Whether you’re looking to update a small galley kitchen, a spacious gourmet room or something in between, there are plenty of new ideas to consider. But before you get started, it’s important to think about the overall flow and layout of your space, how family and guests will use the kitchen and what kind of storage and functionality you need.
Designed to reduce clutter, the one-wall kitchen has cabinets installed against a single wall. This efficient layout is ideal for smaller spaces that don’t have the space to accommodate an island or a separate pantry. Cabinets can be configured with upper and lower shelving or a combination of both to create an open, sleek aesthetic.
For larger kitchens, an L-shaped layout provides more floor space for movement and cooking. A popular choice in modern homes, this configuration is often paired with an island that serves as a casual seating area and adds another workspace to the kitchen. For a more traditional look, consider a U-shaped layout. This configuration works well in many types of rooms and allows you to easily incorporate a breakfast bar or island.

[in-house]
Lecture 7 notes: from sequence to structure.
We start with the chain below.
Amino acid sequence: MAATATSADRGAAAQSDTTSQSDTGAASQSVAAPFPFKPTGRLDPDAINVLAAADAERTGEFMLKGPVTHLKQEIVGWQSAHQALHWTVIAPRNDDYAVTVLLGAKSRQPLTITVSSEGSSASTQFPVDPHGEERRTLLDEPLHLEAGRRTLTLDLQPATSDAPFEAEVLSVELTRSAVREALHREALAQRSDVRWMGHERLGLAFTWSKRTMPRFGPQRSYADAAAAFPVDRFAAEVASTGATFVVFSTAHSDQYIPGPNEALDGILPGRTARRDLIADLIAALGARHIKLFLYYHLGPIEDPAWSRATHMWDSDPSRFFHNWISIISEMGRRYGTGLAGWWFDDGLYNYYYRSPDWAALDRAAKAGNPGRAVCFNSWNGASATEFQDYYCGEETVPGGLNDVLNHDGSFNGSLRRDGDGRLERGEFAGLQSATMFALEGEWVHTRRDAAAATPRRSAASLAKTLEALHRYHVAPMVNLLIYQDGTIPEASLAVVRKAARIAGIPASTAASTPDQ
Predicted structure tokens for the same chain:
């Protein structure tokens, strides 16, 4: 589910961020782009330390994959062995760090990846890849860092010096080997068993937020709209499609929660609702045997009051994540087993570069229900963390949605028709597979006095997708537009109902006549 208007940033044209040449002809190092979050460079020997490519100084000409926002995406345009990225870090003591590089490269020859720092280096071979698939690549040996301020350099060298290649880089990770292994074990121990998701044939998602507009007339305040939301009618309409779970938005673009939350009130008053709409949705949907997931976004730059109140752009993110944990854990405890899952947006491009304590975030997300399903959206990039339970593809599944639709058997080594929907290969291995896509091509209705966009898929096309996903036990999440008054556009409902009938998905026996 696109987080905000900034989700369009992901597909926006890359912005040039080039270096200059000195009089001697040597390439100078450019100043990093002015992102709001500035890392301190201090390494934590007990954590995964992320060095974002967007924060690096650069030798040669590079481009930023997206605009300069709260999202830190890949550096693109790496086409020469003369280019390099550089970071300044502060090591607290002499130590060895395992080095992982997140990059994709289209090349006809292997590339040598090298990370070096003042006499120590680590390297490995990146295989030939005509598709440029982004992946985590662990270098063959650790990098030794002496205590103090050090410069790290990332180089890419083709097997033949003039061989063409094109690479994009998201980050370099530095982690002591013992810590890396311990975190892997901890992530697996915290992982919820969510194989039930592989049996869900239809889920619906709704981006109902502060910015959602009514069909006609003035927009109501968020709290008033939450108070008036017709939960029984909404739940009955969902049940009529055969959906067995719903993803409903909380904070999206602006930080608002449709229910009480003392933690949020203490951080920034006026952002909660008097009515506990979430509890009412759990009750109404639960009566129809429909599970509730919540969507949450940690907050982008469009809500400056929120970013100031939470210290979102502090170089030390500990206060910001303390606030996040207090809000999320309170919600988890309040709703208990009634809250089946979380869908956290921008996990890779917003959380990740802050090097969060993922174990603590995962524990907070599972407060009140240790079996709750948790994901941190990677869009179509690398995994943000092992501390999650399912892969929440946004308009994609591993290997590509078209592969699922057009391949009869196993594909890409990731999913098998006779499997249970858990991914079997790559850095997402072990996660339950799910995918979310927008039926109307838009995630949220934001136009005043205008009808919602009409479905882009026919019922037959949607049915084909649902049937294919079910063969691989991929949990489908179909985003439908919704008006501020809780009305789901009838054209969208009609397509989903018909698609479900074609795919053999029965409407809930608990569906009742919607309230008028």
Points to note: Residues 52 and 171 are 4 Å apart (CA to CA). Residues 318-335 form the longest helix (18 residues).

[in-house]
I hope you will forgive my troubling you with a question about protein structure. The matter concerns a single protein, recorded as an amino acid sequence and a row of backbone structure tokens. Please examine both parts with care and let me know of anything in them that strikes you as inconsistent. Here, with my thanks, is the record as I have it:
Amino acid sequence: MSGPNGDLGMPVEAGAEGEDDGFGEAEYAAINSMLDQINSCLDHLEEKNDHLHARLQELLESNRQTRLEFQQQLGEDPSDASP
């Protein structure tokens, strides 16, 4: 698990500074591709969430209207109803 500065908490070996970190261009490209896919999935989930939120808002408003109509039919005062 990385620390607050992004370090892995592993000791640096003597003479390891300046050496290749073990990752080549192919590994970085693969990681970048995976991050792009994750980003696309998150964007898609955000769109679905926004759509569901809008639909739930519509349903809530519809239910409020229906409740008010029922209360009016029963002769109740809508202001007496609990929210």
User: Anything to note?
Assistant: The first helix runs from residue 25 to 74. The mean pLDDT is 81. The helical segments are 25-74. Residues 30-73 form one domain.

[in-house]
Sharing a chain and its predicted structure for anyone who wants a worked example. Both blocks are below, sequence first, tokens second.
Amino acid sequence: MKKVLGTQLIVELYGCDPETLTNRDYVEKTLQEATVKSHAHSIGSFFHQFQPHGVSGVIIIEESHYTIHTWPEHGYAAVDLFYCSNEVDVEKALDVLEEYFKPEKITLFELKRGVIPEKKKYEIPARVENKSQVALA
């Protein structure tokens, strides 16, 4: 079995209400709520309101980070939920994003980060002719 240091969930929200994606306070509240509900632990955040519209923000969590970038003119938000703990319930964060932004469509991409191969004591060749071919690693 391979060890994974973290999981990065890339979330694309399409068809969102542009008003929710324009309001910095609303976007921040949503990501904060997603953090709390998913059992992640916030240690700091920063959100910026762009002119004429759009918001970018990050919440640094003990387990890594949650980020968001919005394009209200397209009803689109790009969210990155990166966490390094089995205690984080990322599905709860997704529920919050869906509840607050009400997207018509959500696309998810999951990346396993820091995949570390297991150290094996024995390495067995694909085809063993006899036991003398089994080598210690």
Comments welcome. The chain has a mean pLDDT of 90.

A popular choice for upscale kitchens, the island offers ample counter space, a place to gather as a family and an extra workspace. Depending on the size of your room, you can opt for a small or large island.
The kitchen is a heart of any home and can be a focal point that unites the family. It’s the perfect place to create a timeless style and showcase your culinary skills. The most important consideration when designing your kitchen is ensuring it’s functional for your needs. Consider the number of people you’ll be feeding and the type of cooking you’ll be doing most often. Then you can decide how to best arrange your appliances and accessories to maximize efficiency and minimize clutter.
Grissom’s novel is about possibilities for love, connection and humanity under the degrading conditions of patriarchal society and chattel slavery. She makes clear that a strong sense of family is necessary for survival in unbearable circumstances. Despite being an outsider among the slaves and indentured servants at Tall Oaks, Lavinia is accepted by Belle, Mama Mae and Papa as one of their own daughters. She becomes like a sister to Dory, Fanny and Beattie as they form close bonds of support and protection.
Ultimately, though, The Kitchen House is a little too formulaic. Tragedy follows tragedy in a relentless cycle, and after the first few gut-wrenching shocks the book loses its impact. Grissom isn’t afraid to depict the cruelty that enslaved people experienced, but she doesn’t dig deep enough to reveal any insights about why it happened. The story is still a powerful read, but it could have been so much more.